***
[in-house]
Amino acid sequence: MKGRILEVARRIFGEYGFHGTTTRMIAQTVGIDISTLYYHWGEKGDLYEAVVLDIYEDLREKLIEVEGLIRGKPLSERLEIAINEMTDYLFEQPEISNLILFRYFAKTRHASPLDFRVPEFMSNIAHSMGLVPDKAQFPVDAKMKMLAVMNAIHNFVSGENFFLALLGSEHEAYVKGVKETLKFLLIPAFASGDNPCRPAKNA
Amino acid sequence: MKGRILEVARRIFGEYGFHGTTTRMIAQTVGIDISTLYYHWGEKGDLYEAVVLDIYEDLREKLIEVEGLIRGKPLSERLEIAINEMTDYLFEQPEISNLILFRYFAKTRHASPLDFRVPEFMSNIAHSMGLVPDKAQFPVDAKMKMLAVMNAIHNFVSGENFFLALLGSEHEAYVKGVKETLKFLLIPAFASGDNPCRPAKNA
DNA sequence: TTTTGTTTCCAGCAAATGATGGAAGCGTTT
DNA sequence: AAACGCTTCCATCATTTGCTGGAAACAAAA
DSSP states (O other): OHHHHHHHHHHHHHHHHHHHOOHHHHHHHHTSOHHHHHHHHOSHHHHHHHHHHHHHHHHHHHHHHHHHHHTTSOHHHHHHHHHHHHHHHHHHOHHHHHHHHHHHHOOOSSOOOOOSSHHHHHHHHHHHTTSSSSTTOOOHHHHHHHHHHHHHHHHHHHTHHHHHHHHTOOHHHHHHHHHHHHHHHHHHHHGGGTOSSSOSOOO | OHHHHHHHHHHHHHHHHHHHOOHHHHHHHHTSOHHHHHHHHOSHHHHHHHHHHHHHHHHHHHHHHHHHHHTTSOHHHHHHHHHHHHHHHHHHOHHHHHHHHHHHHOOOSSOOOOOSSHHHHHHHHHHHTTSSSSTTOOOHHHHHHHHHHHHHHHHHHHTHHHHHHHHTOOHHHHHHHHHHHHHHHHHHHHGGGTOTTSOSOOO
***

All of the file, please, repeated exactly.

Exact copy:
[in-house]
Amino acid sequence: MKGRILEVARRIFGEYGFHGTTTRMIAQTVGIDISTLYYHWGEKGDLYEAVVLDIYEDLREKLIEVEGLIRGKPLSERLEIAINEMTDYLFEQPEISNLILFRYFAKTRHASPLDFRVPEFMSNIAHSMGLVPDKAQFPVDAKMKMLAVMNAIHNFVSGENFFLALLGSEHEAYVKGVKETLKFLLIPAFASGDNPCRPAKNA
Amino acid sequence: MKGRILEVARRIFGEYGFHGTTTRMIAQTVGIDISTLYYHWGEKGDLYEAVVLDIYEDLREKLIEVEGLIRGKPLSERLEIAINEMTDYLFEQPEISNLILFRYFAKTRHASPLDFRVPEFMSNIAHSMGLVPDKAQFPVDAKMKMLAVMNAIHNFVSGENFFLALLGSEHEAYVKGVKETLKFLLIPAFASGDNPCRPAKNA
DNA sequence: TTTTGTTTCCAGCAAATGATGGAAGCGTTT
DNA sequence: AAACGCTTCCATCATTTGCTGGAAACAAAA
DSSP states (O other): OHHHHHHHHHHHHHHHHHHHOOHHHHHHHHTSOHHHHHHHHOSHHHHHHHHHHHHHHHHHHHHHHHHHHHTTSOHHHHHHHHHHHHHHHHHHOHHHHHHHHHHHHOOOSSOOOOOSSHHHHHHHHHHHTTSSSSTTOOOHHHHHHHHHHHHHHHHHHHTHHHHHHHHTOOHHHHHHHHHHHHHHHHHHHHGGGTOSSSOSOOO | OHHHHHHHHHHHHHHHHHHHOOHHHHHHHHTSOHHHHHHHHOSHHHHHHHHHHHHHHHHHHHHHHHHHHHTTSOHHHHHHHHHHHHHHHHHHOHHHHHHHHHHHHOOOSSOOOOOSSHHHHHHHHHHHTTSSSSTTOOOHHHHHHHHHHHHHHHHHHHTHHHHHHHHTOOHHHHHHHHHHHHHHHHHHHHGGGTOTTSOSOOO